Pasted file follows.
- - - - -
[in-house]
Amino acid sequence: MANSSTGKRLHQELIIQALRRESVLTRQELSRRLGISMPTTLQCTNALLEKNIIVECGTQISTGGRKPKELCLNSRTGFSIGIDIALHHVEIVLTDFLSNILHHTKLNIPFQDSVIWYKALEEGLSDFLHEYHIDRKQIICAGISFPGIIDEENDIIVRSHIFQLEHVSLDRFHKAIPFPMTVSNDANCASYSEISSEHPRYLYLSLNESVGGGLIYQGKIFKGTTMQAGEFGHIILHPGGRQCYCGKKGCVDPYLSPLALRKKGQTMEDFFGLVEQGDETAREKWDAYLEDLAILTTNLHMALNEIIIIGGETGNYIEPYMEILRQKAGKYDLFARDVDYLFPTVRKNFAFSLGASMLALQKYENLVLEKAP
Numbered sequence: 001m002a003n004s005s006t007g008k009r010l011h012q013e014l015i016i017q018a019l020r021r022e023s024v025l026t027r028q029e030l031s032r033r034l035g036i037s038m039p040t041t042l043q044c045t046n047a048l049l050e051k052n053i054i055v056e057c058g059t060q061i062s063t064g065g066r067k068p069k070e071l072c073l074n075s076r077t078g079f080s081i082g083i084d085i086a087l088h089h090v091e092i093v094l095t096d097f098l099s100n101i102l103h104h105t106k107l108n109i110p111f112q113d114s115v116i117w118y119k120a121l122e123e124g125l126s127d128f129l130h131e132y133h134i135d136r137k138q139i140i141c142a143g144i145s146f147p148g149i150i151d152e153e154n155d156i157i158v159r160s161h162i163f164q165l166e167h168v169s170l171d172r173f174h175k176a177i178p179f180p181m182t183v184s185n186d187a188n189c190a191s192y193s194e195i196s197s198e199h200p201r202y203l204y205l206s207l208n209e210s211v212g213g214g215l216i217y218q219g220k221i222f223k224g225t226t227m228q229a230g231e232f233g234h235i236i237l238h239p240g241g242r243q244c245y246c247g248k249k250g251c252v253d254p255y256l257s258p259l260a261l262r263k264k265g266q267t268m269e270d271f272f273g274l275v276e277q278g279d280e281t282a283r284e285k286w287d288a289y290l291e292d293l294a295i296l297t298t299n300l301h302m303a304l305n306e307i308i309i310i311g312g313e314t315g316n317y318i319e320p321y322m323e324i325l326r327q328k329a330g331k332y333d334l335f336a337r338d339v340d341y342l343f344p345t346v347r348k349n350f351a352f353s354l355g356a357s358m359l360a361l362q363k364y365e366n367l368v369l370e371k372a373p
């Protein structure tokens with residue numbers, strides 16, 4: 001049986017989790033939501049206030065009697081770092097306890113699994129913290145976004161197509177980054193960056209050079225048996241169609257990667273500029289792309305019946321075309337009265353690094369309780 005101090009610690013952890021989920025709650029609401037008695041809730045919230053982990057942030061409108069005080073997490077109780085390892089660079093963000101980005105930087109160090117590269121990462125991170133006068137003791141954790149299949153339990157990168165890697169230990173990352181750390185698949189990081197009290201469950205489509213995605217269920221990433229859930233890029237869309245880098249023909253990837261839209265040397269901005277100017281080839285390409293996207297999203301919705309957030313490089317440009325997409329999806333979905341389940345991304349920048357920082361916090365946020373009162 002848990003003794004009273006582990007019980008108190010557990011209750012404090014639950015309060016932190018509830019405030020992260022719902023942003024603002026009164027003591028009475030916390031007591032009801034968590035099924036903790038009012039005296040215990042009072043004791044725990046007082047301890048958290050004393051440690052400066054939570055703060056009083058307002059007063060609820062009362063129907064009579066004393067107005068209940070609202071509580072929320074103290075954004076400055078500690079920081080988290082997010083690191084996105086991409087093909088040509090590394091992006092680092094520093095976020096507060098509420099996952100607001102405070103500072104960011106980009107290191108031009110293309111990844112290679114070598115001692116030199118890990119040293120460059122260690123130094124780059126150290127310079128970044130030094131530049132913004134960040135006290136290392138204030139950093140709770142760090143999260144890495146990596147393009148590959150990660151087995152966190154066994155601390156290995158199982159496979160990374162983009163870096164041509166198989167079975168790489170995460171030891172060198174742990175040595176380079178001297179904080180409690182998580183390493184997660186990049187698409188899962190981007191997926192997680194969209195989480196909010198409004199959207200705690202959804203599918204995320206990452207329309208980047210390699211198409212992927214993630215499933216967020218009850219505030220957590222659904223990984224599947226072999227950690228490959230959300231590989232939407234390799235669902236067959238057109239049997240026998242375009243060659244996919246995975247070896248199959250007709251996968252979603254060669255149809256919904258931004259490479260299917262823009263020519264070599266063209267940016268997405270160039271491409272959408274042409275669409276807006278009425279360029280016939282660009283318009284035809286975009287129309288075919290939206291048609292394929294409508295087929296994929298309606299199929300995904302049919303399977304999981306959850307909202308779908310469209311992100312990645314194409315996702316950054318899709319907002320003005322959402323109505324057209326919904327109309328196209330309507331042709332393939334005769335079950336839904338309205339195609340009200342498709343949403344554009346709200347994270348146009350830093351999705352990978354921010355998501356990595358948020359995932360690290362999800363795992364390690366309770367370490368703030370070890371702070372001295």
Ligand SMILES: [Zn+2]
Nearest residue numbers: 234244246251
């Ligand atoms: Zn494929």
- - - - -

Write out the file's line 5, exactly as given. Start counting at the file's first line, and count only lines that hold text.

Ligand SMILES: [Zn+2]